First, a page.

You’ve likely heard jokes about Caillou on social media – they’ve fizzled out as of late, but you still hear them. What is the controversy with Caillou, though?
How did an adorable little kid earn such a bad reputation?
Is the show really as bad as everyone says, and if so, is that why it’s no longer on air?
We are going to dive into the Caillou controversy today to see if we can clear this show’s name and find out where it went.
Let’s get right to it.
What is Caillou?
Calliou is a Canadian cartoon that features an imaginative 4-year-old boy who goes on adventures (mostly imaginary) and learns to handle a variety of challenges.
The TV show is based on the books of the Canadian illustrator and educator, Hélène Desputeaux.
It first aired in French in 1997 and at the time of its final episode in 2010, it was airing in English on PBS.
As of 2022, new episodes of Calliou are no longer produced, though that is set to change. (Read on for more information about that!)
What is the controversy with Caillou?
The controversy surrounding Caillou is related to how the main character on the show behaves.
Critics of the show claim that Calliou lacks discipline and behaves like a “spoiled brat”.
A common complaint of parents is that their children act out Calliou’s on-screen behaviors in real life after viewing the show.
Though Caillou’s behaviors are actually completely normal for a 4-year-old, parents don’t always appreciate these behaviors being presented to children that aren’t yet displaying them.
Some parents have also commented about the amount of whining Caillou does on screen.
This is a valid complaint, as whining has been confirmed by studies to be both distracting and irritating to adults.
The main controversy of Caillou, though, is his “bad” behavior.
We see this complaint with some of the newer shows, as well.
People, generally, seem intolerant of toddler and preschooler behavior being portrayed accurately.
Caillou is also a victim of political controversy, believe it or not.
PBS has actually been in the political crosshairs for quite some time.
Some lawmakers in the United States believe that PBS, the home to many beloved kids’ educational shows, should not receive public funding.
The 2012 U.S. presidential candidate, Mitt Romney, famously announced during a presidential debate that it was his plan to stop funding PBS with taxpayer money, and instead privatize it.
Despite the fact that privatizing PBS would likely impact children in poor regions of the country, many people agreed with the sentiment that the public should not fund PBS.
While no political figure has ever publicly spoken out about Cailou specifically, there is a country-wide bias against PBS, which naturally has the potential of tainting some people’s view of the show.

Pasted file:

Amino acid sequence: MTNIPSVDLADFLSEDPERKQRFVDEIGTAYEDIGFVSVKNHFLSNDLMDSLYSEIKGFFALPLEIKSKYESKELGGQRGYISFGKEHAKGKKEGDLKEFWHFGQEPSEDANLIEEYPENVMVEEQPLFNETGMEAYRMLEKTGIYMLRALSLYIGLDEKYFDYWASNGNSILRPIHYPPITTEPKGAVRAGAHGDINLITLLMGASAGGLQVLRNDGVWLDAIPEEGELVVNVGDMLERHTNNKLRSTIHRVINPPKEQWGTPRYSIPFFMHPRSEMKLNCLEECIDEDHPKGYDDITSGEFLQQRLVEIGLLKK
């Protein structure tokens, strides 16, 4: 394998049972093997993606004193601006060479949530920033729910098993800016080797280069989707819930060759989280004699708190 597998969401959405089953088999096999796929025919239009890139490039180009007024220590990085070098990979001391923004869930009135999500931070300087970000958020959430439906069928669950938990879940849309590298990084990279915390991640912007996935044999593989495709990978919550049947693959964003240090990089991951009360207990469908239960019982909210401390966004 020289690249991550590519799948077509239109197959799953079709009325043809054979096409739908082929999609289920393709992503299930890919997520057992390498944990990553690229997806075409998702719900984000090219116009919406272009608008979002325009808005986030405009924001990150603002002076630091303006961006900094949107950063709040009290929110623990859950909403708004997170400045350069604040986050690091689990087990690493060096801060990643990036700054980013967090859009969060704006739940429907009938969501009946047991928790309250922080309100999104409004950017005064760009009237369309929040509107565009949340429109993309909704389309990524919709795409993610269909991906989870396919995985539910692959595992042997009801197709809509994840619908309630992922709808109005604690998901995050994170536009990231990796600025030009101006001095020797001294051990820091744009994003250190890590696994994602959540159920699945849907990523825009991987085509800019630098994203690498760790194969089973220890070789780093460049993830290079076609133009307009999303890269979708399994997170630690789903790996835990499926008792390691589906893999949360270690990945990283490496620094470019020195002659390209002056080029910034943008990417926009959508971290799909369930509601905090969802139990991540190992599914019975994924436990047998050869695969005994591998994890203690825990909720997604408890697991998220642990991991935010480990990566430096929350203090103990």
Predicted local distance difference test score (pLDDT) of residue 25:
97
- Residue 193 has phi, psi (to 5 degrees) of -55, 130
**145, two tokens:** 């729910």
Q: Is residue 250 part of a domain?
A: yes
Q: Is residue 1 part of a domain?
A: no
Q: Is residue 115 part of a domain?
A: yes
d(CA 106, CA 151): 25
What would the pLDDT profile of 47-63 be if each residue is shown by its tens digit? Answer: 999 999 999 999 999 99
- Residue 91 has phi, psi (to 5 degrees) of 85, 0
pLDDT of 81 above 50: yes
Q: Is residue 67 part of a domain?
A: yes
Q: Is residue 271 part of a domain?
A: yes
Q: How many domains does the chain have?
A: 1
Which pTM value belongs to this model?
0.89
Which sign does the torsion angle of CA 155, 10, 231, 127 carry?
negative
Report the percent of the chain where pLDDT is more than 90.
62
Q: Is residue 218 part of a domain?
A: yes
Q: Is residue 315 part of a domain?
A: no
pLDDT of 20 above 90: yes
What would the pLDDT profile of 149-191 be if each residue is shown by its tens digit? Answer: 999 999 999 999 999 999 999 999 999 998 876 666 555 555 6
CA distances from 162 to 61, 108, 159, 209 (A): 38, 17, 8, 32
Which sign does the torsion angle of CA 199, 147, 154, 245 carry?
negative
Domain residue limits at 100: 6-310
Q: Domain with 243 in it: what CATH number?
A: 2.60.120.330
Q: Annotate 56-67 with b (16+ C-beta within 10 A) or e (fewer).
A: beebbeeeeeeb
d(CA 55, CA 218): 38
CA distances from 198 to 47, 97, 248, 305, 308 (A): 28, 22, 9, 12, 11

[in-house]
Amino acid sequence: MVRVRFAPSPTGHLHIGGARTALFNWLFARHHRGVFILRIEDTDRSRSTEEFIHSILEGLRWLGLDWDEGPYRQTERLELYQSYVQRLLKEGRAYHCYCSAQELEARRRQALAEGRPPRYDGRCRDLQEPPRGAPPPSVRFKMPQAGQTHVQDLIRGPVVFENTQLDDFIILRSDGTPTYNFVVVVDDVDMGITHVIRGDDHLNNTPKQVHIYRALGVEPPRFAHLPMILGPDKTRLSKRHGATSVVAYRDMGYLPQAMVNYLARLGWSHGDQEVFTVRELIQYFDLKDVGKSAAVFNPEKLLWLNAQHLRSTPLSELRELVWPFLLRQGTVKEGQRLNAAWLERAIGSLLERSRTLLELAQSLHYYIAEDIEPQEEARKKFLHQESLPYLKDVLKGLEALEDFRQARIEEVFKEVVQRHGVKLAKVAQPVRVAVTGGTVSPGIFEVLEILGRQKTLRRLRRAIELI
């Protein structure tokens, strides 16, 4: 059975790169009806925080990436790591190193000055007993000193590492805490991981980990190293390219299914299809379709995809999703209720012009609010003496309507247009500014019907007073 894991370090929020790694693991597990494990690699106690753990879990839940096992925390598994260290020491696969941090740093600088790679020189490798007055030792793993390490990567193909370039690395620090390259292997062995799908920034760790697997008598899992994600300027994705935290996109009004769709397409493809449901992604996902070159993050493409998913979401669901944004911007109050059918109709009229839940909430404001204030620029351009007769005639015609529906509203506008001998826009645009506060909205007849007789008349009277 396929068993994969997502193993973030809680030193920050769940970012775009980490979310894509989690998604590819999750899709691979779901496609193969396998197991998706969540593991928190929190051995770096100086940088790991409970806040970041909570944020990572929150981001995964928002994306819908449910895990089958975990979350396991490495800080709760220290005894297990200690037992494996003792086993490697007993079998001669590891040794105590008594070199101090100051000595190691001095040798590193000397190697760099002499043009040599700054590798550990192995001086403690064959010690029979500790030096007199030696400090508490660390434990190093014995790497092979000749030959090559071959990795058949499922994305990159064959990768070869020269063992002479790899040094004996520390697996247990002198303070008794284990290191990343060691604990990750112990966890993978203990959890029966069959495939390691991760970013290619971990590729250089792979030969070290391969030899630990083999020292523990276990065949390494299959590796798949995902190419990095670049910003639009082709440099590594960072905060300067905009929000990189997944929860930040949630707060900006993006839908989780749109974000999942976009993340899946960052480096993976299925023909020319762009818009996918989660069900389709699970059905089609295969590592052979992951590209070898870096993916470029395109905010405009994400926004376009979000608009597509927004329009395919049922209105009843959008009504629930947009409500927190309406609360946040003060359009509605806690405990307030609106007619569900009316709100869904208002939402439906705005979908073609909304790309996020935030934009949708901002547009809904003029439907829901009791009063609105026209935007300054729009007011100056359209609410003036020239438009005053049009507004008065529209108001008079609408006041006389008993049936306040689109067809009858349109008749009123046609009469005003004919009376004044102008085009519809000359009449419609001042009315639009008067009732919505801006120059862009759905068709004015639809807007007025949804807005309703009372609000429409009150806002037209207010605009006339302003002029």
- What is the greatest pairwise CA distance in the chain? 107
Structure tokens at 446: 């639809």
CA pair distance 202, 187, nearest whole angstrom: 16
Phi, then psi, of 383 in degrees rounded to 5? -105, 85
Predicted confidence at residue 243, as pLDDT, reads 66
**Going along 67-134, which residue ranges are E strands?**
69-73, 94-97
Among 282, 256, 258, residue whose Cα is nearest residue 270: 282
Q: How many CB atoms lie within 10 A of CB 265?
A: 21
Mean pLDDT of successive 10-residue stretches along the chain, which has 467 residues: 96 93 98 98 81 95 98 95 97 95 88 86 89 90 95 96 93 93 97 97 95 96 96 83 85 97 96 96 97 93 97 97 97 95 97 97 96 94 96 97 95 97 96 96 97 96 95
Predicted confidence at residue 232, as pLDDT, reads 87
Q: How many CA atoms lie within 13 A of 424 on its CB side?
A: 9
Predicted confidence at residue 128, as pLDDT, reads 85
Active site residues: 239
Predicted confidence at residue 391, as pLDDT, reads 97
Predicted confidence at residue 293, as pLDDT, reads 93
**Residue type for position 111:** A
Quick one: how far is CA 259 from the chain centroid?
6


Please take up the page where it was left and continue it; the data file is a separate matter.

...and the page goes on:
Pair this with the backlash against SEL (Social Emotional Learning) from some political groups and Caillou’s seemingly “bratty” behavior, and you’ve got a very hate-able kids’ show.
Is Caillou inappropriate?
Caillou is not inappropriate at all. In fact, the show is one of the most accurate representations of a 4-year-old child on TV.
Caillou’s behaviors often do call for adult intervention and guidance, and his parents seem to do their jobs appropriately.
There’s no cursing, unnecessary violence, or over-the-top negative behaviors from any character on the show.
Caillou’s behavior is age-appropriate – crying, whining, disobedience, inability to share, etc.
All of these behaviors are developmentally appropriate for a preschool-age child.
Caillou has trouble sharing, throws “temper tantrums”, and whines a good bit when things don’t go his way.
Sometimes he’s even a little bit unkind to his little sister, Rosie.
Does this sound familiar to you? If you have a 4-year-old, it should.
Calliou’s parents’ behaviors
Not always, but in many Caillou episodes, Caillou’s parents demonstrate positive parenting techniques.
They often get down on his level and help him work through his big emotions.
There are times, though, like in the Circus episode (Caillou believed he was going to the circus but he had his days mixed up) when his parents are busy with the baby and dismissive of his feelings.
This might seem familiar to you, as well. We all have times wherein we’re distracted and not as attentive to our children’s feelings as we should be.
In the episodes where Caillou’s parents take the time to acknowledge his emotions, though, he’s better able to work through them.
In the Circus episode, however, when his very understandable confusion was dismissed, we see him throw himself down and really get upset.
There’s nothing inappropriate about his behavior or the show in general.
Why did they get rid of Caillou?
Despite all of the controversy surrounding Caillou, the show was never canceled for any of those reasons.
In 2021, PBS announced that it was canceling Caillou after more than 20 years on the air.
That’s a healthy run for a kids’ show – or any show, for that matter.
PBS didn’t give a reason for the cancelation, however, they did hint that other shows, like Daniel Tiger and Molly of Denali, had overtaken the show’s popularity.
Peacock, the streaming channel, does have some Caillou episodes available for viewing, as does YouTube.
It’s rumored that Peacock will start producing new Calliou episodes in 2023. These episodes are each set to be 11 minutes long.
Kids’ TV shows have come a long way since Caillou was popular. Today, we have programming choices that dive into difficult topics and give parents helpful parenting techniques.
Bluey is a good example of this.
Calliou, though, was a good show for its time.
If you are a Caillou-hater, I encourage you to go back and watch a couple of episodes with a new lens – that of a person who understands that his behavior was totally normal.